Cutting angles into wood with a table saw is relatively easy. The hardest part of any angle cut is determining the proper angle. Once that angle is identified, the easiest part is cutting the angle. Despite what the measurement may be, there is truly no angle greater than 45 degrees, which is why table saws and mitre saws only adjust to that angle. Cutting a piece of wood to a measurement greater than 45 degrees requires adjusting how the wood is held in the saw, and doing some basic math.
Subtract 45 from the angle measurement to identify the proper angle to set. For example, for a 75-degree angle, set a 30-degree angle.
Adjust the angle of the table saw to the proper angle. Most table saws adjust using a knob or a release on the front of the tool.
Place the strip of wood onto the saw vertically. Place a scrap piece of wood adjacent to the wood positioned opposite to the blade.
Raise the height of the blade so that it will cut through the wood properly at the greater angle. The height is typically controlled by a rotating knob on the front of the machine.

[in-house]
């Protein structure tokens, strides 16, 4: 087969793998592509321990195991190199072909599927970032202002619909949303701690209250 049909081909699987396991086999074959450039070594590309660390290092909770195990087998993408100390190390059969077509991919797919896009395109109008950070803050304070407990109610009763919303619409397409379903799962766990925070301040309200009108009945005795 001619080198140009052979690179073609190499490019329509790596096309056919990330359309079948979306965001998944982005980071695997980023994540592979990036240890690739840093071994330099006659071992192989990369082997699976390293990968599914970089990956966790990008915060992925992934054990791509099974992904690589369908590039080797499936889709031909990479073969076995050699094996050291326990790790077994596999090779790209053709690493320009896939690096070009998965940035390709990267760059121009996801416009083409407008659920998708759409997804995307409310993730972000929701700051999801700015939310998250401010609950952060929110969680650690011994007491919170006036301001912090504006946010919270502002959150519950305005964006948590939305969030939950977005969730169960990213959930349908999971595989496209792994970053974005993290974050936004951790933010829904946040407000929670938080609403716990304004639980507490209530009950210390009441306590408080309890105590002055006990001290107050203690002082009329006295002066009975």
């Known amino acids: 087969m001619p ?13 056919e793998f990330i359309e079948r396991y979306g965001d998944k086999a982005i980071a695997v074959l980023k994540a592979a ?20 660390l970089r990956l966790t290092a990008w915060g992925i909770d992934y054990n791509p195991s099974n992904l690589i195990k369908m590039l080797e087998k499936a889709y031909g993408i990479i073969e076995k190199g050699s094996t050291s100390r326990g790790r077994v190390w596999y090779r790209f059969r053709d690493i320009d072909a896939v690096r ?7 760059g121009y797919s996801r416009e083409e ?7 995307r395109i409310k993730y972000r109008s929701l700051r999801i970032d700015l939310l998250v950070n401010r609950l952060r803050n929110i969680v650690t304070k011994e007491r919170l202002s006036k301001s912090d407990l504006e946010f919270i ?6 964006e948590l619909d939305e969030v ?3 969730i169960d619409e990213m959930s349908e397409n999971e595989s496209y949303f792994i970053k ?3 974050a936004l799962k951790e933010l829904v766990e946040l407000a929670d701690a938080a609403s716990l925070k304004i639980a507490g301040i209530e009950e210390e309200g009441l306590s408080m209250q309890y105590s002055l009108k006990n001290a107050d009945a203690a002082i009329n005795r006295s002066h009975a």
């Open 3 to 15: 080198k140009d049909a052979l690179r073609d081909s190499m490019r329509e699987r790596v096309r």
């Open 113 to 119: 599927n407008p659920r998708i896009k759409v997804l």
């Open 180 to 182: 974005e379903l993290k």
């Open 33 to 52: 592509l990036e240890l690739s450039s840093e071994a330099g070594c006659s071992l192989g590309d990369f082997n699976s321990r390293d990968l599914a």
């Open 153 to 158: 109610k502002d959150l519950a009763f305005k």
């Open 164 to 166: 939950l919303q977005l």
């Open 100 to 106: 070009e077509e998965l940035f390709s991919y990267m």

Turn the machine on and push the wood through, using the proper safety tools included with the table saw.
Play around with the positioning of the wood to ensure that you are feeding the wood through to get the proper cut. If the width of the wood is larger than the height of the saw blade, you may want to use a band saw to cut the wood. Cut a scrap piece of wood to 45 degrees. Set the piece of wood onto the scrap piece, and adjust the table for the band saw to the angle measurement minus 45 to make the cut. Practice on scrap pieces to perfect the technique before attempting on a finish piece. The key to the angle cut is all in how the piece of wood is held when feeding it through the saw.